|Previous||1 of 13||Next|
7 Auditing for Fraud: Perception vs. Reality Alan J. Winters American Institute of CPAs John B. Sullivan Deloitte & Touche* When you come to a fork in the road, take it. Yogi Berra Many people, both in and out of the accounting profession, would say that Mr. Berra's aphorism has guided the evolution of the auditor's responsibility to detect fraud. Throughout its history, the profession has taken various positions on this responsibility; sometimes adopting a position, abandoning it, and then returning to it. This erratic evolution has been propelled largely by two factors. One factor is the vagaries of auditors' beliefs about (1) what degree of fraud detection responsibility is commensurate with an auditor's professional obligation and (2) what technical prowess auditors command to detect fraud. The other factor is what responsibility the public, in the form of users of the auditor's product; regulators and legislators; courts; and financial press writers, expect auditors to assume. This paper begins with a summarized history of the evolution of the auditor's responsibility to detect fraud in financial statement audits, including both nonauthori-tative and authoritative guidance and major influences outside the profession. We then provide a critique of the effectiveness of audit approaches for detecting fraud. Finally, we offer some suggestions for modifying those approaches and improving their effec-tiveness. PNroongaruetshsioornit aotfi Pver oafnedss iAountahl oGriutaidtiavne ce- From ancient times until around the turn of the twentieth century, auditing's primary objective was to detect fraud and the technique used was detailed examina-tion rather than selective testing (Brown 1962). For example, the prevention and detection of fraud underlay the "hearing" of accounts during the Roman Empire as well as audits of companies during the Industrial Revolution (Brown 1962). During the five years that preceded and followed the turn of the twentieth century, the primary objective of auditing began to shift. Contrasting passages from two promi-nent auditing texts issued seven years apart illustrate this shift. "The object of an audit may be said to be three-fold: 1. The detection of fraud. 2. The detection of technical errors. 3. The detection of errors of principle." (Dicksee 1905) * The views expressed in this paper are those of the authors and are not necessarily those of the AICPA or Deloitte & Touche. 141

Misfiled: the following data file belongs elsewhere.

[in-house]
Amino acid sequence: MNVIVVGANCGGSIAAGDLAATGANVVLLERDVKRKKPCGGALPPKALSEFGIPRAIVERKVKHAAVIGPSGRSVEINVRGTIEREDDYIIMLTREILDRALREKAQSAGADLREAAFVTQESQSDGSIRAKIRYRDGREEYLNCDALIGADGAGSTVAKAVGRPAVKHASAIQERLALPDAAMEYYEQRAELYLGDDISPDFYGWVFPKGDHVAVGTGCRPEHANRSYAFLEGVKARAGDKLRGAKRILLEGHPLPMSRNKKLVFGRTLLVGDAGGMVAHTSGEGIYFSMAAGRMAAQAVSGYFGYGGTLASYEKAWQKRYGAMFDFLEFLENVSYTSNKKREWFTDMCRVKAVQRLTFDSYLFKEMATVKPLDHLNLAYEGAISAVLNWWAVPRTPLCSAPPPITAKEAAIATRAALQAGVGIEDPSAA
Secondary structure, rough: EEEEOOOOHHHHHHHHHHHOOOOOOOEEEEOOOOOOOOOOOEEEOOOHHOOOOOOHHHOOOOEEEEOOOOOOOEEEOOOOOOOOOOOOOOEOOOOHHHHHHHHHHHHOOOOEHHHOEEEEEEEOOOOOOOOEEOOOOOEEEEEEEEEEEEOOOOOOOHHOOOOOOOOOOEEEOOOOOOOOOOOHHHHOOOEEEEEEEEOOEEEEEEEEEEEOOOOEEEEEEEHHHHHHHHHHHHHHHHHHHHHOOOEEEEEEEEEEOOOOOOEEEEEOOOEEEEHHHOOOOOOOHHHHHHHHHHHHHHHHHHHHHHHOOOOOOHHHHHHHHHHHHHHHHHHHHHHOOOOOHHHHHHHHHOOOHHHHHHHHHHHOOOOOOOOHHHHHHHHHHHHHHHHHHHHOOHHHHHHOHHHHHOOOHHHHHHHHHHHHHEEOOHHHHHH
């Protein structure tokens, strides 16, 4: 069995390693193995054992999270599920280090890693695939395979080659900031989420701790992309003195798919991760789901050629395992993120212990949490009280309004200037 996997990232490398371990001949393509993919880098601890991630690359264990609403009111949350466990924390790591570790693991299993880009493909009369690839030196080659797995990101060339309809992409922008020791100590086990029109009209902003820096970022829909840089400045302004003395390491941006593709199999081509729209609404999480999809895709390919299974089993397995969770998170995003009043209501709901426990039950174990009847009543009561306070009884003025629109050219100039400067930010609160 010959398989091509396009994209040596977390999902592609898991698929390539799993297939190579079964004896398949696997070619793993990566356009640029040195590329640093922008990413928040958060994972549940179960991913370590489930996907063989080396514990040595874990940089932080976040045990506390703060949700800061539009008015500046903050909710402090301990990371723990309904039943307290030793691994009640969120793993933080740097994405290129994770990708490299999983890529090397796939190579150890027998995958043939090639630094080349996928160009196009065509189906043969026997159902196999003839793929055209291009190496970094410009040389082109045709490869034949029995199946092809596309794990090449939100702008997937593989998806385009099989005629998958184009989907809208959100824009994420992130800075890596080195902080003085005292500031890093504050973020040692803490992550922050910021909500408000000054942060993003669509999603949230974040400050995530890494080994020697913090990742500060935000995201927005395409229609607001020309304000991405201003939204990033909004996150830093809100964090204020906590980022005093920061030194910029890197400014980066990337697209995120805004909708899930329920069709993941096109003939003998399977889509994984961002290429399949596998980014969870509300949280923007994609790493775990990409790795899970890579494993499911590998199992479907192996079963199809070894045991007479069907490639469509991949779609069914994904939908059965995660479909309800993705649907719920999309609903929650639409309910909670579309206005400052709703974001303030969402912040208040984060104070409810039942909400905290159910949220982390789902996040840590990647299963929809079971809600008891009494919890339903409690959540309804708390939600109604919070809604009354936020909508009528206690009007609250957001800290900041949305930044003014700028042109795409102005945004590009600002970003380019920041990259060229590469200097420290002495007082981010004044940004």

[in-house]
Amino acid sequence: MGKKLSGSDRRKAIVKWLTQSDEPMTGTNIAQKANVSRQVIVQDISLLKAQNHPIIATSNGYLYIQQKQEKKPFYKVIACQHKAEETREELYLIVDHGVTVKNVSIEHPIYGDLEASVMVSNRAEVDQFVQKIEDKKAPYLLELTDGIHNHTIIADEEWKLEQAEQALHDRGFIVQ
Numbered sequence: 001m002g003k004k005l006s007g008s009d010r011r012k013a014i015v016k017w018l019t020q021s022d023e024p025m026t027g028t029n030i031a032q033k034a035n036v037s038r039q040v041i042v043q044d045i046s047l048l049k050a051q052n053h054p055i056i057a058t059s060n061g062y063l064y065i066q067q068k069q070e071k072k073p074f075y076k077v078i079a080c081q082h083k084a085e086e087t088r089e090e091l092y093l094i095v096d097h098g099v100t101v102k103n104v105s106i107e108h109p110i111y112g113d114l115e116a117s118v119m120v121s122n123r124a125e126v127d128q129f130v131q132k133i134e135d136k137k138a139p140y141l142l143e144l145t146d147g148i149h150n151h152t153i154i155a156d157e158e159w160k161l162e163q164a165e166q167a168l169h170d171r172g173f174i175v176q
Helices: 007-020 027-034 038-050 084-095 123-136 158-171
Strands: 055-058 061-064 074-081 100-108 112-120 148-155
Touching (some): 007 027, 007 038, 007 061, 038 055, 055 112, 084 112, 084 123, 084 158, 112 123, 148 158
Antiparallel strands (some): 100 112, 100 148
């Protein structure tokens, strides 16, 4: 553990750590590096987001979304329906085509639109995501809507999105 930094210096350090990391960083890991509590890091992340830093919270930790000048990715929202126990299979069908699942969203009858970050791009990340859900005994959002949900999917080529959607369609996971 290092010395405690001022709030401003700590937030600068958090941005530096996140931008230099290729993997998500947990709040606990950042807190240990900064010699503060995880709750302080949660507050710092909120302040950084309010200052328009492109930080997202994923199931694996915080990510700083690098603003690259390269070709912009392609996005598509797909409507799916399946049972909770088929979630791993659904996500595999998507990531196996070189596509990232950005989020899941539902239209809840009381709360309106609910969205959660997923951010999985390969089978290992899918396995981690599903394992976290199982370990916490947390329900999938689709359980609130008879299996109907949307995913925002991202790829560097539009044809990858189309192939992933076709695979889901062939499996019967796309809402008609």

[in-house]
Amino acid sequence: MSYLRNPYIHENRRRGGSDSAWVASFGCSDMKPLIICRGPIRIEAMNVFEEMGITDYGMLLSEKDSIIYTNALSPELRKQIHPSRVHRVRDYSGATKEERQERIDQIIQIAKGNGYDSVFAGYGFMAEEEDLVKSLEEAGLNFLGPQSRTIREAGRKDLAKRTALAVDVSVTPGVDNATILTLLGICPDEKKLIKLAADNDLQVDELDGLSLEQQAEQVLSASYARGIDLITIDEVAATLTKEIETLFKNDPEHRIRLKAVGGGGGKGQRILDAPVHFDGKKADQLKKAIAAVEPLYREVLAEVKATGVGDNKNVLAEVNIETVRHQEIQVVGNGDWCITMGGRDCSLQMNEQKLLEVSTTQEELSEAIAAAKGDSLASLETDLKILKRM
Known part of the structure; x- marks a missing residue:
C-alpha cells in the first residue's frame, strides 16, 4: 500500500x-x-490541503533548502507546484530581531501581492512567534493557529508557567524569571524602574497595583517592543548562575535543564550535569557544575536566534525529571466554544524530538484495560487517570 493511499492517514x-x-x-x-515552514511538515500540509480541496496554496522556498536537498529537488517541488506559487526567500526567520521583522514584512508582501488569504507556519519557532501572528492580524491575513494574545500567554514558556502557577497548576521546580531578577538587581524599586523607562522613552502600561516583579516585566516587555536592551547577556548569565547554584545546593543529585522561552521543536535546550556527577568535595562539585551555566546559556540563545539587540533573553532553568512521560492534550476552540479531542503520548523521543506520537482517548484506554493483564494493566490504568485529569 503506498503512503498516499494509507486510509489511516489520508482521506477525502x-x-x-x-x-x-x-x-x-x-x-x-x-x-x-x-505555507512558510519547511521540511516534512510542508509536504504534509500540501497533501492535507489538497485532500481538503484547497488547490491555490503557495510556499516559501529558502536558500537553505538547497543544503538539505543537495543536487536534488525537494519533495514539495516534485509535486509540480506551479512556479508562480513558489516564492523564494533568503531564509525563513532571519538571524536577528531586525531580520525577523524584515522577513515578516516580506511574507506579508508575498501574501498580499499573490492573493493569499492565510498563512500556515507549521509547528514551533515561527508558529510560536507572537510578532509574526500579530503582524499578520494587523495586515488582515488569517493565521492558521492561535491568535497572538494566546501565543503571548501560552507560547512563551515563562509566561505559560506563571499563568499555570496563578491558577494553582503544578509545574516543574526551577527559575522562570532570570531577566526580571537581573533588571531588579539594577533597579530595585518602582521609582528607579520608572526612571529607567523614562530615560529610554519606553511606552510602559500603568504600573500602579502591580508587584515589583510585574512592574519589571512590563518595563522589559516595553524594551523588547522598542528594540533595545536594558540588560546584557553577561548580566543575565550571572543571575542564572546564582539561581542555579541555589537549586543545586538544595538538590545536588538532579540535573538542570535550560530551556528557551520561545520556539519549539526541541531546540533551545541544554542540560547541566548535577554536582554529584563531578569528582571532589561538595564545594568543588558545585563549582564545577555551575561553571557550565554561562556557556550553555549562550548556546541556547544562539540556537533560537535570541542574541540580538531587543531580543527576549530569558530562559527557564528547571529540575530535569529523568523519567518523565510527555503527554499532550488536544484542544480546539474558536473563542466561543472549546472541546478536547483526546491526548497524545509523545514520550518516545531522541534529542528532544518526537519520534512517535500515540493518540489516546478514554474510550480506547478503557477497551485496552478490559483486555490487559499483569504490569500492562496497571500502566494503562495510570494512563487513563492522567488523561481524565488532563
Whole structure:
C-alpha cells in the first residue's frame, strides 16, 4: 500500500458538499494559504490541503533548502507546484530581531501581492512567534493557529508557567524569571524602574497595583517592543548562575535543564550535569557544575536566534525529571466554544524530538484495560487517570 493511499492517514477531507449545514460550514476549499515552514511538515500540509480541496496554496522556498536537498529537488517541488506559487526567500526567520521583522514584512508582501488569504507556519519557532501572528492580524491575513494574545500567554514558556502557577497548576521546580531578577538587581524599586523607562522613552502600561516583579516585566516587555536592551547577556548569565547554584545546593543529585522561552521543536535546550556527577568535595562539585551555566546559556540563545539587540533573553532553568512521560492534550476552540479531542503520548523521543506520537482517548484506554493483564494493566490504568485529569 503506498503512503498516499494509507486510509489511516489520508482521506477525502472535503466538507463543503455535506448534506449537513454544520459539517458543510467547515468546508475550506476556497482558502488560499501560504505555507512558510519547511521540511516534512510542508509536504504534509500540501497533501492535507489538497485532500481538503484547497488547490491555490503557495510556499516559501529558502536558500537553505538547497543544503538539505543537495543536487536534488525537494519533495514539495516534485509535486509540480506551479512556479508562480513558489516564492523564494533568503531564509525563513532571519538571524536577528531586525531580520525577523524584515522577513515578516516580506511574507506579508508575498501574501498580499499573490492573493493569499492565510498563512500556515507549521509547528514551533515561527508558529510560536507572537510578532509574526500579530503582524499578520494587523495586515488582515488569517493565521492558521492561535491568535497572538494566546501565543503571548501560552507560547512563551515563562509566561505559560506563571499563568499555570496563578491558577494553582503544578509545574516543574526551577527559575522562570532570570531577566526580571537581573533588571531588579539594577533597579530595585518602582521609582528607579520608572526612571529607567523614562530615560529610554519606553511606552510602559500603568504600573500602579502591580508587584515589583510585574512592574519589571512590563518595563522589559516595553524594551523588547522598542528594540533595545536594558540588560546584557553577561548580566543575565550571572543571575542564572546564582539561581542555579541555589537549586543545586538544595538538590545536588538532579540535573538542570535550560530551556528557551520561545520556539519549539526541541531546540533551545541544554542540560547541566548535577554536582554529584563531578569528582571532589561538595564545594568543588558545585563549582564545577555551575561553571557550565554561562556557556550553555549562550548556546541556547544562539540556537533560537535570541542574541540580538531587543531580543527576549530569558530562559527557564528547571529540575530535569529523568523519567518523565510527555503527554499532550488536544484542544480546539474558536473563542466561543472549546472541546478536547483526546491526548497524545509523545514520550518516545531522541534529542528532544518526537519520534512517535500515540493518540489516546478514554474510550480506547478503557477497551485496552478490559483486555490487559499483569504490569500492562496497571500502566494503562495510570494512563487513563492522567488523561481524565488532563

Auditing for fraud: Perception vs. reality
Winters, Alan J.
Sullivan, John B.
Srivastava, Rajendra P., ed.
Auditing Symposium XII: Proceedings of the 1994 Deloitte & Touche/University of Kansas Symposium on Auditing Problems, pp. 141-153
|Source||Published by: University of Kansas, School of Business|
|Rights||Contents have not been copyrighted|
|Format||PDF page image with corrected OCR scanned at 400 dpi|
|Collection||Deloitte Digital Collection|
|Digital Publisher||University of Mississippi Library. Accounting Collection|
|Identifier||Auditing Symposium XII 1994-p141-153|